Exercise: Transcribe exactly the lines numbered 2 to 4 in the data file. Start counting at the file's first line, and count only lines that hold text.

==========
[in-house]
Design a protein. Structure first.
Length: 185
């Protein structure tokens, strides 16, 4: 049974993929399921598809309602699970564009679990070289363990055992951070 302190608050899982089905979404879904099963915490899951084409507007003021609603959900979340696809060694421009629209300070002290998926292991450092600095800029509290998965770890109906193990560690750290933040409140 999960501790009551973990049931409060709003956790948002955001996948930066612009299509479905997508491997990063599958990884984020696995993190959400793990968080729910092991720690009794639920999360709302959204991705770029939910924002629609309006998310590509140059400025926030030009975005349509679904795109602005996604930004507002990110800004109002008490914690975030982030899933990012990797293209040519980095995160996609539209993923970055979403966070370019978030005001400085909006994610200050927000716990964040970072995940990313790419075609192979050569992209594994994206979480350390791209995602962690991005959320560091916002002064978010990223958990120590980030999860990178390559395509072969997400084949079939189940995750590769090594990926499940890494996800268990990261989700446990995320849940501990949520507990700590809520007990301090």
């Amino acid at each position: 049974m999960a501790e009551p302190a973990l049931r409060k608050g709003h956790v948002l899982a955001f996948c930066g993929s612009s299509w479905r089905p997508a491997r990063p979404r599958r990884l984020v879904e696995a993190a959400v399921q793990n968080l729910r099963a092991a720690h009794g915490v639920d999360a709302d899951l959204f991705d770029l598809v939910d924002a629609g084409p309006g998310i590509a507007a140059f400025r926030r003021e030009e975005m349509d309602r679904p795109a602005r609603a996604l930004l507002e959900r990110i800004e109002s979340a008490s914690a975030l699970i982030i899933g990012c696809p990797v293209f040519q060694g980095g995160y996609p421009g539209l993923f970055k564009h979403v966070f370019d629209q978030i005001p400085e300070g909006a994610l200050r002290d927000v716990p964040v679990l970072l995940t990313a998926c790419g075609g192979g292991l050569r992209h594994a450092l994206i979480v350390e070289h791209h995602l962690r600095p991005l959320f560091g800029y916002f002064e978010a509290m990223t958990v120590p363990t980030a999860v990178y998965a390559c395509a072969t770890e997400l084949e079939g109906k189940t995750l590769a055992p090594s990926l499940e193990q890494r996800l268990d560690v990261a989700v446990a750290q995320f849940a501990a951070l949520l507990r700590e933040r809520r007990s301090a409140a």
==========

Design a protein. Structure first.
Length: 185
């Protein structure tokens, strides 16, 4: 049974993929399921598809309602699970564009679990070289363990055992951070 302190608050899982089905979404879904099963915490899951084409507007003021609603959900979340696809060694421009629209300070002290998926292991450092600095800029509290998965770890109906193990560690750290933040409140 999960501790009551973990049931409060709003956790948002955001996948930066612009299509479905997508491997990063599958990884984020696995993190959400793990968080729910092991720690009794639920999360709302959204991705770029939910924002629609309006998310590509140059400025926030030009975005349509679904795109602005996604930004507002990110800004109002008490914690975030982030899933990012990797293209040519980095995160996609539209993923970055979403966070370019978030005001400085909006994610200050927000716990964040970072995940990313790419075609192979050569992209594994994206979480350390791209995602962690991005959320560091916002002064978010990223958990120590980030999860990178390559395509072969997400084949079939189940995750590769090594990926499940890494996800268990990261989700446990995320849940501990949520507990700590809520007990301090």